Some of the concepts that we worked on these past two months include: delayed triples; shooting a flyer and then running a blind before picking up the flyer; shooting an out-of-order flyer (we saw a lot of this in Hunt tests); revisiting bank cheating drills (it's amazing how dogs will test you to see if you let them slide, then take a little bit more ground if you let them); and bulldogs.  Yes, the concept that we didn't train for that killed us in the August Master Test we ran.
February through July 2008
yeah, yeah, I'm working on it.  Please stand by...
 
 
Sunnyview's Full Speed Ahead JH Porter at Sauvie Island hunt test running Junior
 
Update - October 2007
After running the Derby on Sept 22, we had two weeks until the last hunt test of the season (for us, at least) where Porter would be trying for the second leg of his Senior Hunter title.  We worked more on doubles, although I did back the distance off just a bit.  We worked on cheating marks, in land and water, and ran a lot of blinds with angles in the water and through cover.
On October 6th we ran in the Labrador Retriever Club of America's annual specialty test.  Porter came through with flying colors.  It was clear that he had definitely matured and improved since his previous Senior test.  He nailed all four marks, did good on the walk-up, and held the honor without making me sweat too much.  His blind work, while not spectacular by any means, was solid.  Too bad there aren't any more local tests this year, but I knew going into the summer that I didn't want to get hung up on how quickly he got his title.  I want to enjoy the journey and not get overly focused on the destination.  Besides, it will be that much sweeter when we get it next spring.  We'll work all winter and be ready next spring to finish off his Senior title and head into Master.
 
Update - September 2007
Spent this month concentrating on marking.  I signed up to run Porter in his first (and only) Field Trial Derby on the 22nd.  In the Derby, it's all about marking.  If you handle, you're done.  We worked on the issue Porter has of sometimes taking a line too much to the right  and correcting it by shortening, enforcing straight line, run full length, recall if line is off, resend (with rethrow if needed).  After having days when i wondered if he was good enough or read for the derby, and days when he looked ready to take on all comers, we finally ran the Derby on Sept 22.
Porter ran in his first (and only, since he'll be too old next summer) Derby.  We didn't do as well as I would have liked.  The marks were certainly within Porter's ability, just not today.  The first series was a land double.  Thrown memory bird at about 175 yards and a shot-flyer go bird at about 125 yards.  Porter nailed the go bird, as good as any and better than most, but then when heading out to the memory bird, he switched back to the first mark!  I was at the line wondering "where the heck did that come from?  He's never done that!".  I'm sure I'm the first handler who ever thought that at the line. :)  Oh well, it's a learning experience.  If it was out of his league, I wouldn't have been as disappointed as I was knowing he was better than he showed that day.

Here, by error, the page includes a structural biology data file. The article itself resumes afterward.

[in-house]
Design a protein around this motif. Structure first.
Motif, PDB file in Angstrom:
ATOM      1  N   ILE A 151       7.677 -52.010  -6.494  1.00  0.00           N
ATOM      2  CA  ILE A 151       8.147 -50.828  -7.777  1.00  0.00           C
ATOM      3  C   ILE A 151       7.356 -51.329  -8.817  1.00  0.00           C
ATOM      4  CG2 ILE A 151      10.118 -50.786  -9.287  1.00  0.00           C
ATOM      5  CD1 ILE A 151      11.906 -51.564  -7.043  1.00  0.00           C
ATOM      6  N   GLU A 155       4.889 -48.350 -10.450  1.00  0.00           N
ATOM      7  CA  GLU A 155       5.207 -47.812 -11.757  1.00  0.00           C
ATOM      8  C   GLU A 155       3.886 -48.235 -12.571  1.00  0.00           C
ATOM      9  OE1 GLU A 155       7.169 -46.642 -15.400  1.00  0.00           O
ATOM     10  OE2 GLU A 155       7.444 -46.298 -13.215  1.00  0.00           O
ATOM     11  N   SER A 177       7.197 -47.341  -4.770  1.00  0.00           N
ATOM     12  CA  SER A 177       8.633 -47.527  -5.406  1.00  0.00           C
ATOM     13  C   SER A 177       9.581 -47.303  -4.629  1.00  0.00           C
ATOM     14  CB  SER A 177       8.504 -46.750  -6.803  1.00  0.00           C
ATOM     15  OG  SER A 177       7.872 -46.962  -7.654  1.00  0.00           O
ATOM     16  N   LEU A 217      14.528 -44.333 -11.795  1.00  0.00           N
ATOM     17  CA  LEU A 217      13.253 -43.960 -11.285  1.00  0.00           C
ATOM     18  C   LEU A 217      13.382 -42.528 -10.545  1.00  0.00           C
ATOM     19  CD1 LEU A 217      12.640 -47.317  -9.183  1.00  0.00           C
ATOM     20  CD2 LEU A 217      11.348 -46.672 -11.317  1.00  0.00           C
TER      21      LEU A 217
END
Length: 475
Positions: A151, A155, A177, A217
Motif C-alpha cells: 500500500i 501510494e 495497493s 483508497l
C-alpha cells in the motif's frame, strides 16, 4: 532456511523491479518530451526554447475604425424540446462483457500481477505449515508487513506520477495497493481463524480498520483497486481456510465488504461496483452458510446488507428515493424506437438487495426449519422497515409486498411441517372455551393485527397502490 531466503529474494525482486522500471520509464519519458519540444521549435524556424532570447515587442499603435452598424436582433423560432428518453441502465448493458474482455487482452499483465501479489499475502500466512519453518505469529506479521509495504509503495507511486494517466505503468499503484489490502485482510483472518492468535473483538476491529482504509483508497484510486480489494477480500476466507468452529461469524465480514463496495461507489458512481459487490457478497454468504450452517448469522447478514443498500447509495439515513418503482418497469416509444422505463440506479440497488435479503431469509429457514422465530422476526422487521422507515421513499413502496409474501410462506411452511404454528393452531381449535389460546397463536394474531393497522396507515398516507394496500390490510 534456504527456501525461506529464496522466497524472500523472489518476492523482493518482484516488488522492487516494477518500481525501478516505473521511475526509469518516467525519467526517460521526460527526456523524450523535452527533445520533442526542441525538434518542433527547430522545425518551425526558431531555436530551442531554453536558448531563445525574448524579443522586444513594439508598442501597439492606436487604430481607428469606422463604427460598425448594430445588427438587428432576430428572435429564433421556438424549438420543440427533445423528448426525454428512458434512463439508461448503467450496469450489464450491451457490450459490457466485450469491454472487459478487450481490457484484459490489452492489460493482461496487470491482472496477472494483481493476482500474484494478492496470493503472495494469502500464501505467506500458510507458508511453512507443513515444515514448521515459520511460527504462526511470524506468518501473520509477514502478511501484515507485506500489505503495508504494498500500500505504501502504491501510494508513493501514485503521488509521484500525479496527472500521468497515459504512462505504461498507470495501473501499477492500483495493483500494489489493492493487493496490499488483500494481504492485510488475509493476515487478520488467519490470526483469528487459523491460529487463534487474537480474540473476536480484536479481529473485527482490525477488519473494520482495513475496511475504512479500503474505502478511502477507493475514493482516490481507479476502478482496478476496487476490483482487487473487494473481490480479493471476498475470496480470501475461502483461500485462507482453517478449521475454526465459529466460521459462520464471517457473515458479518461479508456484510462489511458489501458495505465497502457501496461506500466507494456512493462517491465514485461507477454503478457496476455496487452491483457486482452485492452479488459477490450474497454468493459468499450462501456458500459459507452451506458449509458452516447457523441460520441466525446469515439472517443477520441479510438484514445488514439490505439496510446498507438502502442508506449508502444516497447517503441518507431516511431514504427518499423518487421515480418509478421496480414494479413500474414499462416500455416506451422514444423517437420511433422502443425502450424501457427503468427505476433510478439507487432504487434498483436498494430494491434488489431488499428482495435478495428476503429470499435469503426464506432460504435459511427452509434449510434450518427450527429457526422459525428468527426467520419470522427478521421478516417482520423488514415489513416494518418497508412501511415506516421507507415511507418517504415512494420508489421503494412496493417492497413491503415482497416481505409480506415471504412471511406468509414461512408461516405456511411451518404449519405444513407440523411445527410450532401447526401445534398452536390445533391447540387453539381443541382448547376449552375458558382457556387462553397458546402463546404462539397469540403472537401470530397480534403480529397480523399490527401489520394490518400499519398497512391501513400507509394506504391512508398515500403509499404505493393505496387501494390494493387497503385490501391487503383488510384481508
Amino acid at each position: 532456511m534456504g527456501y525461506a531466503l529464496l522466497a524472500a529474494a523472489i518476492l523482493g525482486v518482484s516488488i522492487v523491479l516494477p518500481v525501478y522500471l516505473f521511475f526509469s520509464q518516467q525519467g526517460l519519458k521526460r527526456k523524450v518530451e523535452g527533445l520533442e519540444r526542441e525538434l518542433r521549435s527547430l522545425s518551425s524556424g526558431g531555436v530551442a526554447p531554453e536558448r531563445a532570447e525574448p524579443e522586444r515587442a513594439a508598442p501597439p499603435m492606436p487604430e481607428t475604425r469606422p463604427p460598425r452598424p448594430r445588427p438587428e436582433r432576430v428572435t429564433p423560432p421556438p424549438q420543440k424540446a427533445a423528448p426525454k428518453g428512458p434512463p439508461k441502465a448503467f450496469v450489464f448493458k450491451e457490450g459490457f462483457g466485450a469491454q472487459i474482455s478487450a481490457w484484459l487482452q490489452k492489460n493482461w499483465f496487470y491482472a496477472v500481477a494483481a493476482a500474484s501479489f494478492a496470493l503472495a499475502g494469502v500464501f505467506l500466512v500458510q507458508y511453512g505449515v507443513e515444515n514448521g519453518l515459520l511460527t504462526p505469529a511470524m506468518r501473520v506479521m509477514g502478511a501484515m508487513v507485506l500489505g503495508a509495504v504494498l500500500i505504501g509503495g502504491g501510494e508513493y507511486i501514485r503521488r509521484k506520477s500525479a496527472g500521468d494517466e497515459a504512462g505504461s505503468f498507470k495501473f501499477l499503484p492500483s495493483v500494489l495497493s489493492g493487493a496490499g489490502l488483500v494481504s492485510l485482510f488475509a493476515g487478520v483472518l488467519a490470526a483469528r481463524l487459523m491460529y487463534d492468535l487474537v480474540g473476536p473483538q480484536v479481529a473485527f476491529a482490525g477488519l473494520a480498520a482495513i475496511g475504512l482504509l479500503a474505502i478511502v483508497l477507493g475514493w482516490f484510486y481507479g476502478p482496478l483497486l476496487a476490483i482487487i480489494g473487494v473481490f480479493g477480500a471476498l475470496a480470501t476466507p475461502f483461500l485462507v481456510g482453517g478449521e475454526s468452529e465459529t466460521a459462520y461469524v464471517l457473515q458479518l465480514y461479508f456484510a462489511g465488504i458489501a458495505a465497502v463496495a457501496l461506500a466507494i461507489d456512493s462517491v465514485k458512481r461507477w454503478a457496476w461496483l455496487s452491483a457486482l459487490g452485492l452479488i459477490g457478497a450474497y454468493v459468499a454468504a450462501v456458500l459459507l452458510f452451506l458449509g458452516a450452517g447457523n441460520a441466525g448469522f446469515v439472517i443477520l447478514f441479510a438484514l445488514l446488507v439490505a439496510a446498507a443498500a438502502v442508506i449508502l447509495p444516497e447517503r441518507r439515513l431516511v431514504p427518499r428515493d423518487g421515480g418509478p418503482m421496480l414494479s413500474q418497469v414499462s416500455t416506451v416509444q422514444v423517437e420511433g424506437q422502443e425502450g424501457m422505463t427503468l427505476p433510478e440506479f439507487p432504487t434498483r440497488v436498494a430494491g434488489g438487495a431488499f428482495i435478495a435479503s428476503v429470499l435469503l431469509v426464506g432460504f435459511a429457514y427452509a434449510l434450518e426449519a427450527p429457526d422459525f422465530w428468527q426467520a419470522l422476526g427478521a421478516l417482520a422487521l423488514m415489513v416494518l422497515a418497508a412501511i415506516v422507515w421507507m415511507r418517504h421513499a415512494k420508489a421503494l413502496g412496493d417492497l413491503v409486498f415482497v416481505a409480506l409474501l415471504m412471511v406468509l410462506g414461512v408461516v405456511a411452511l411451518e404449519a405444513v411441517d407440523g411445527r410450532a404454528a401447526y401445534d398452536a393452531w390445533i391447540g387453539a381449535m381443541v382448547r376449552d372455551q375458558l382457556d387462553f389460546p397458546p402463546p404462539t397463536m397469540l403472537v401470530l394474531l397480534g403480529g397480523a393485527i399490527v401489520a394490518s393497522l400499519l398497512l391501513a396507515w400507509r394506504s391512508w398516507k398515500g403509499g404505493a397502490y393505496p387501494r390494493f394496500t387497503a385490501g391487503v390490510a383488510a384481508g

Still, it was a lot of fun and definitely educational for both of us.  I was impressed with how well run everything was.  Depending on how much we can get out and work this winter, you never know, he might run in the Qual someday.
 
Update - August 2007
After last month's Senior Hunter test, I've spent the month working on a few different things.
Long Singles:  I have been working him on single retrieves up to 300 yards.  Porter is a runner and the distance doesn't seem to be an issue for him.  I have been sure to mix up the distance, since he has a tendency to run long anyway.  I have been able to get a lot of work in this month with shot flyers, which I am always happy about.
Doubles: In addition to the work on long singles, I've been working to build Porter's memory and ability on doubles by running a long single, then making it the memory bird on a double or just running cold doubles.  If a single is particularly tough, then repeating it as the memory bird makes the re-run more of a challenge than just repeating a single.  Porter has been working up to doubles with the long bird up to 200 and the short bird up to 150 yards.  We've also mixed in shorter marks and have done lots of work on the water.  With the weather turning colder soon, we won't have as much opportunity to work the water, so we're getting it in now.
Blinds: Ran a lot of blinds this month, both on land and in water.  It was a good month in gaining practical knowledge in handling, because after running it seems I always learned something more about what NOT to do (i.e. don't let the dog get behind anything, anticipate where you can lose them, be ready on the whistle, how to set up a blind and understand factors in it, understanding the strength of pull a former mark or blind has, when to correct, when not to, how much pressure to use, not sending him ...the list goes on and on).  Through it all Porter has been a real trooper, trying his best to figure out what the heck I want, trying to provide it, and running hard all the time.  Of course, sometimes there were times that he felt he knew better where it was and he didn't need to listen to me.  If my setup was good enough (it's getting better), I set up so he couldn't get success unless he listened.  Sometimes getting him to "listen" was...challenging.
Other items that we've done with blinds this month is to add more factors; things like distance, angles, the pull of old falls, cover, driving cover, and working on the three different parts of the blind, the initial line, holding the line, and the finish.  We've also been working the wagon wheel drills for initial lines.
Line Manners: This is something that Porter has been a constant challenge in dealing with.  Not that he's uncontrollable at the line, just that he's VERY excited about what he's doing and control at the line requires setting a high standard and holding to that standard at all times, especially in every training situation.  It means picking up marks if he moves, in order to eliminate "happy feet" at the line.  It means enforcing the "sit" command and expecting him to hold a sit.  This is especially important if I expect him to hold the honor during a test.